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World Bank: Only 10 percent of Gazans have access to safe drinking water

Nov. 23, 2016 7:56 P.M. (Updated: Dec. 6, 2016 6:02 P.M.)
(AFP/File)
BETHLEHEM (Ma’an) -- The World Bank denounced the worsening water crisis in the Gaza Strip, calling the situation in the besieged Palestinian enclave “alarming” on Wednesday.

In a statement released by the World Bank, senior water and sanitation specialist Adnan Ghosheh stated that only 10 percent of the population in Gaza had access to safe drinking water.

“So much water has been pumped out of the natural aquifer underneath Gaza since (the late 1990s that seawater has seeped in, making it too salty to drink,” Ghosheh said. “There are some 150 operators who provide some kind of desalinated water that has been filtered to make it acceptable for drinking and for cooking. It’s more expensive and not an improved source of water, according to our definitions of water clean enough to drink.”

Ghosheh went on to add that the quantities of freshwater brought into the blockaded Palestinian territory from Israel as per the 1993 Oslo Accords “falls far short” of the needs of the Gazan population.

The World Bank has been supporting plans by the Palestinian Water Authority to build a water desalination plant to address the scarcity of drinkable water.

However, many internationally funded infrastructure projects, including desalination and wastewater treatment initiatives, have been halted or significantly delayed due to the vastly insufficient electricity supplies in Gaza.

Ghosheh underlined that the Israeli government had recently approved the use of a dedicated power line to provide electricity to a wastewater treatment plant project led by the World Bank, three years after the request for the power line was first submitted.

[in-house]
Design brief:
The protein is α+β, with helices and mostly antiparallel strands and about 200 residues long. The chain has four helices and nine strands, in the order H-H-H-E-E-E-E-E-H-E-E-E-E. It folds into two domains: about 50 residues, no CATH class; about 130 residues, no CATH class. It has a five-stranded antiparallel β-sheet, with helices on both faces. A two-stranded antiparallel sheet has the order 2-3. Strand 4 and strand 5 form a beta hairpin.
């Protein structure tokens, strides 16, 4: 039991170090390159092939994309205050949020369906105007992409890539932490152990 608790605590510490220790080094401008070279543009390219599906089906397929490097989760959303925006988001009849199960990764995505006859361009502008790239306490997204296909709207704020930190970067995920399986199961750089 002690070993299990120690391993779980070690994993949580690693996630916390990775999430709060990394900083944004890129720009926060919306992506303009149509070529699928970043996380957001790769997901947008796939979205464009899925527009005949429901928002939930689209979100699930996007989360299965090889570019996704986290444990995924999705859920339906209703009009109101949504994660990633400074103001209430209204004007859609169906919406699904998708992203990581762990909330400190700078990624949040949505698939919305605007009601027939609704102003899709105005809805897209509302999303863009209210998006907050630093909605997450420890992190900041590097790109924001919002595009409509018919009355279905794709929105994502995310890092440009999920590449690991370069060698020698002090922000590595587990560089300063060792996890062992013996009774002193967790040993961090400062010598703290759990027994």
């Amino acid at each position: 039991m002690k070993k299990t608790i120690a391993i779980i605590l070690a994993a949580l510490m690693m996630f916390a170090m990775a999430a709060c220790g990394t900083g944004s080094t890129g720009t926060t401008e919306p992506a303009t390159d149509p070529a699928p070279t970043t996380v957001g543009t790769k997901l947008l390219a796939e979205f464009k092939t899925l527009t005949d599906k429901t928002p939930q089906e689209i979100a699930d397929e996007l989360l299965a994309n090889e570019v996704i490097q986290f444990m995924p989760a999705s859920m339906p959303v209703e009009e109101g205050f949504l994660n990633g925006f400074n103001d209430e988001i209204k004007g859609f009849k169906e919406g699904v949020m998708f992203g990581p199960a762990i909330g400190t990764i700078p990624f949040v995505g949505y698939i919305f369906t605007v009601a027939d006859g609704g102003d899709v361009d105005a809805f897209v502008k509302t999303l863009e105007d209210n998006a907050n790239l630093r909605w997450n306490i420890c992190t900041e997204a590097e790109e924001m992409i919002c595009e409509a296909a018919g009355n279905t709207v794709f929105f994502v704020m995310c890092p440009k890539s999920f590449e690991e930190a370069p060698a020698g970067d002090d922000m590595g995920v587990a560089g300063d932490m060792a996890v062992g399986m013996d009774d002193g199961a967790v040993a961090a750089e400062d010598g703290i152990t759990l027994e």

The situation has been further worsened by damage inflicted to the existing water infrastructure during Israeli offensives on the coastal enclave, Ghosheh said.

The near decade-long Israeli blockade has plunged the Gaza Strip’s more than 1.8 million Palestinians into extreme poverty and some of the highest unemployment rates in the world.

Gaza's infrastructure has yet to recover from the devastation of three Israeli offensives over the past six years. The slow and sometimes stagnant reconstruction of the besieged coastal enclave has only been worsened by the blockade

Ghosheh corroborated warnings by the United Nations that Gaza could become uninhabitable by 2020.

“If we start implementing the measures to secure the water supply and improve water management, the aquifer would clean and replenish itself,” he said. “But, if by the year 2020, those measures are not in place -- if the 55 cubic meters of water a year from the desalination plant are not coming to replace the water being taken out, if the waste water plants are not built -- we will basically have an irreversible process.”
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